Although the health status and health behaviour of foreign-born residents of Canada have been well documented, little is known about their use of dental services. The authors, hypothesizing that foreign-born people would have lower utilization of dental care services than native-born Canadians, undertook this study to identify the factors associated with dental visits by Canadians aged 12 years and older and to compare the use of dental services by foreign-born and native-born populations. According to data derived from Statistics Canada's 1996–97 National Population Health Survey, foreign-born people were somewhat more likely than native-born Canadians to have visited a dentist within the previous year. Higher levels of education, greater income adequacy, and the presence of dental insurance were associated with greater use of dental services, whereas increasing age was associated with lower use. Although immigrants reported greater use of dental services than native-born Canadians, a variety of barriers to care may be present in this population.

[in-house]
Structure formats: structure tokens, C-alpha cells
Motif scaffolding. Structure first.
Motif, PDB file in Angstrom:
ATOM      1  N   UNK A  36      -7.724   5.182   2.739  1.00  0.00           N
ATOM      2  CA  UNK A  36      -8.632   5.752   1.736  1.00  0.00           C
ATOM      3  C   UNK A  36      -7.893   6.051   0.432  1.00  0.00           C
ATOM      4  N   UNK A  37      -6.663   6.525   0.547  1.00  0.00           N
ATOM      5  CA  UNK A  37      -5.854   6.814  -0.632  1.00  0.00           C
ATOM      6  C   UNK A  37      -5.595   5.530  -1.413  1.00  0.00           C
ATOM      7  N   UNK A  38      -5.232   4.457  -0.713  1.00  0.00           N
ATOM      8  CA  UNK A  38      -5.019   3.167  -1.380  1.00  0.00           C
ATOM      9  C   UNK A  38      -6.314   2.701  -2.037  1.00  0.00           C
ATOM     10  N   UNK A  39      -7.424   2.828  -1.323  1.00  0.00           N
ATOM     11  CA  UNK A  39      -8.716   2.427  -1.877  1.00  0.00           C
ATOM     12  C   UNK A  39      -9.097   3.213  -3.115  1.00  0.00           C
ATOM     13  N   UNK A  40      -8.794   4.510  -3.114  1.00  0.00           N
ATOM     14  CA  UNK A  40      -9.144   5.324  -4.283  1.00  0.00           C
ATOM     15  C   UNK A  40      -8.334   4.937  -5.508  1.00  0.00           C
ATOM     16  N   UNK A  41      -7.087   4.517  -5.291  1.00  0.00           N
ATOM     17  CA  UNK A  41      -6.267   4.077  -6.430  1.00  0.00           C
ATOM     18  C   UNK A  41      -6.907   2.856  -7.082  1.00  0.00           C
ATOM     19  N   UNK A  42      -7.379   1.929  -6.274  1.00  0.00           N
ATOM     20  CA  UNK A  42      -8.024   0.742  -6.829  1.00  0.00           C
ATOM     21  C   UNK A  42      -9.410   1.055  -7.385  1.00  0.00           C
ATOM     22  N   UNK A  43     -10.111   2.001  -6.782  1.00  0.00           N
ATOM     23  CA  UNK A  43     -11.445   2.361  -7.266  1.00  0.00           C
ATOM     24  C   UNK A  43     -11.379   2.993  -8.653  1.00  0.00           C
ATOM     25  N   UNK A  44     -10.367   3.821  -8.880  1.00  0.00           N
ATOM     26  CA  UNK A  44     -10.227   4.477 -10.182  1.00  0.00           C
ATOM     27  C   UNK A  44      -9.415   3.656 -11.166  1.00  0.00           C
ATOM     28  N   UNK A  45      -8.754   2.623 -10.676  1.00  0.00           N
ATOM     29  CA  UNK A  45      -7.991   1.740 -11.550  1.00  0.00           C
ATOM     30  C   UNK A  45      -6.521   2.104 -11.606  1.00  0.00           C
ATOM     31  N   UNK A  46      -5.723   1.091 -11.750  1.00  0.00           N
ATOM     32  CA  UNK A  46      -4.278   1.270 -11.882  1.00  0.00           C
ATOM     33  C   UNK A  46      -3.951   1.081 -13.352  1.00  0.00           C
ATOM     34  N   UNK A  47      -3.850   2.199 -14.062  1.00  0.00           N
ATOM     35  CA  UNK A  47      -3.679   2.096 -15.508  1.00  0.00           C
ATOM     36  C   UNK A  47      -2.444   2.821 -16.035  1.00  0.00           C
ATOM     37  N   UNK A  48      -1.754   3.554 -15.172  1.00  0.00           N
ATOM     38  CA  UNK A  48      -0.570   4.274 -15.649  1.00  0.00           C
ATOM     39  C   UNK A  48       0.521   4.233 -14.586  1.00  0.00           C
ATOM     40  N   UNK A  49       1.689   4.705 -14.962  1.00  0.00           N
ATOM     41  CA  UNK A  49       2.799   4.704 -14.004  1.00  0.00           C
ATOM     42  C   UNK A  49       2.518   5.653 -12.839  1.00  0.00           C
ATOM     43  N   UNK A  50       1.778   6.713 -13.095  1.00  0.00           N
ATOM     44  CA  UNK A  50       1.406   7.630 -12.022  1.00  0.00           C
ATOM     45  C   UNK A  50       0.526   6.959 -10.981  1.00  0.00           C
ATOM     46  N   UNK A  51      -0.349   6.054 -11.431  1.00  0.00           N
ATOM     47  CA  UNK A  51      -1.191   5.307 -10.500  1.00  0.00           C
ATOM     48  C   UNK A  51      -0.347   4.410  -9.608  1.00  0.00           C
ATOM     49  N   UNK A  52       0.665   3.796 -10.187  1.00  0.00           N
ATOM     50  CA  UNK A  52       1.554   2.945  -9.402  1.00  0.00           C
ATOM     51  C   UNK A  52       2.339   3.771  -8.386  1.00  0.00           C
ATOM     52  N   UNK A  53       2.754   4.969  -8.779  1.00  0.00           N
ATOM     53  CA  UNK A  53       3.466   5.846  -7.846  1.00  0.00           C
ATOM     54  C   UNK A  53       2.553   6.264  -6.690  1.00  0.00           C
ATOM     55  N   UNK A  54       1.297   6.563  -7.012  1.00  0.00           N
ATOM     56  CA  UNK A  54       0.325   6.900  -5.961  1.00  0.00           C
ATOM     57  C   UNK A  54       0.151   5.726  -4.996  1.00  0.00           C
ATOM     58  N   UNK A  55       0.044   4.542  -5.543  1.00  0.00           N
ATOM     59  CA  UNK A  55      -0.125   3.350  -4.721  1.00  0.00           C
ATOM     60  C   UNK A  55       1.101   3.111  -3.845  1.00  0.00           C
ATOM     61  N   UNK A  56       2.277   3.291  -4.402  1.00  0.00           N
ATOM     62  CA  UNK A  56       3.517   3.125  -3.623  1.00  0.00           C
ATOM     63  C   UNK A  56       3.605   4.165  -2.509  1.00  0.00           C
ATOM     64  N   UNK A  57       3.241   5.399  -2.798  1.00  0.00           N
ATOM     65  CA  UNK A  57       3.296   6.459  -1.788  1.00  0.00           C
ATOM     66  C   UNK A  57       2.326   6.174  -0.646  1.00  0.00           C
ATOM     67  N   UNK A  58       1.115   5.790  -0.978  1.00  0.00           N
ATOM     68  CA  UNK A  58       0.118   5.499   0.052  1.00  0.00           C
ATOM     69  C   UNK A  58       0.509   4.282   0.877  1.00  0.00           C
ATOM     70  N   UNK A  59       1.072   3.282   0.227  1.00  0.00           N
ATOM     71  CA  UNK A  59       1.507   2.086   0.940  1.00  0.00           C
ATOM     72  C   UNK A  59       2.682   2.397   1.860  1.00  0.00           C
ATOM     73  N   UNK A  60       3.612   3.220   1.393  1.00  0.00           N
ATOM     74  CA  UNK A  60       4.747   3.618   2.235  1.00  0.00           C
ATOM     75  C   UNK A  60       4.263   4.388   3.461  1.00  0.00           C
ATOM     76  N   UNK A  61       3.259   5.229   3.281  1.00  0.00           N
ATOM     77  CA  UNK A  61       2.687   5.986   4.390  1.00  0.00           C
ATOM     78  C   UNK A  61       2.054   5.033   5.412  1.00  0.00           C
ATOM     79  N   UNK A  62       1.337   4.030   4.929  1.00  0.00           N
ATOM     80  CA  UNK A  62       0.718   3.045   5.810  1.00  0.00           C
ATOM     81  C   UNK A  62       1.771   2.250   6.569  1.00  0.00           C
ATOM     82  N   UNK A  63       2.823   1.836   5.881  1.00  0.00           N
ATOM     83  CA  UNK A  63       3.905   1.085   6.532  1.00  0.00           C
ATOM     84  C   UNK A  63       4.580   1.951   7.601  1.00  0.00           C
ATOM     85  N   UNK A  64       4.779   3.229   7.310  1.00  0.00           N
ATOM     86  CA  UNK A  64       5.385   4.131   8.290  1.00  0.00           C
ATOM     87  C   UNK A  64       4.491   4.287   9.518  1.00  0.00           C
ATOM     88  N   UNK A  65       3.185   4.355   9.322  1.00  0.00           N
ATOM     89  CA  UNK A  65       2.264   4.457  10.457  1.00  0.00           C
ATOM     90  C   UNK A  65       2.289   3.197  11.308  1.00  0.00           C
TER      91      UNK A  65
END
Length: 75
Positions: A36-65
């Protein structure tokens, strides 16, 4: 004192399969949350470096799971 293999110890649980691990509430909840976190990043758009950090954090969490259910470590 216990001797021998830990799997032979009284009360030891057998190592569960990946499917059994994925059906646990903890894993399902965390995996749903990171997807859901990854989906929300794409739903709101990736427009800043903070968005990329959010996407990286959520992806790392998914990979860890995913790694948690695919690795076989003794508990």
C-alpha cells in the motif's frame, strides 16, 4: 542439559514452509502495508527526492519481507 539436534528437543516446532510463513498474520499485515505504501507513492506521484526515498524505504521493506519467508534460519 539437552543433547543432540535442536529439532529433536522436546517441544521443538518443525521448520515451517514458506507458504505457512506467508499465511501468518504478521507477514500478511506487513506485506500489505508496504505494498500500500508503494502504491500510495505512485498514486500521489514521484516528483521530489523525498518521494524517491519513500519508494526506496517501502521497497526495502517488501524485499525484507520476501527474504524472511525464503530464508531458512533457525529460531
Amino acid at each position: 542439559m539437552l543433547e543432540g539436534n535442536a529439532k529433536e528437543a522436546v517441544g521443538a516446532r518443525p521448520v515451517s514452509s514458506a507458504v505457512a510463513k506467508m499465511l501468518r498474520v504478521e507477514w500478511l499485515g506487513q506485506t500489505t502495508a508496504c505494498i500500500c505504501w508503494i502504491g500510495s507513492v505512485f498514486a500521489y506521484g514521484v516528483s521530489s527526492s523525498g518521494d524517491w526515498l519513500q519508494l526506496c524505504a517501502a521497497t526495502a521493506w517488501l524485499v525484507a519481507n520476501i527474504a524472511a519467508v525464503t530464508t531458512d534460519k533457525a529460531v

Use of Dental Services by Immigrant Canadians
• K. Bruce Newbold, PhD •
• Amish Patel, BSc •
A b s t r a c t
MeSH Key Words: Canada/epidemiology; dental health services; emigration and immigration/statistics & numerical data; insurance, dental
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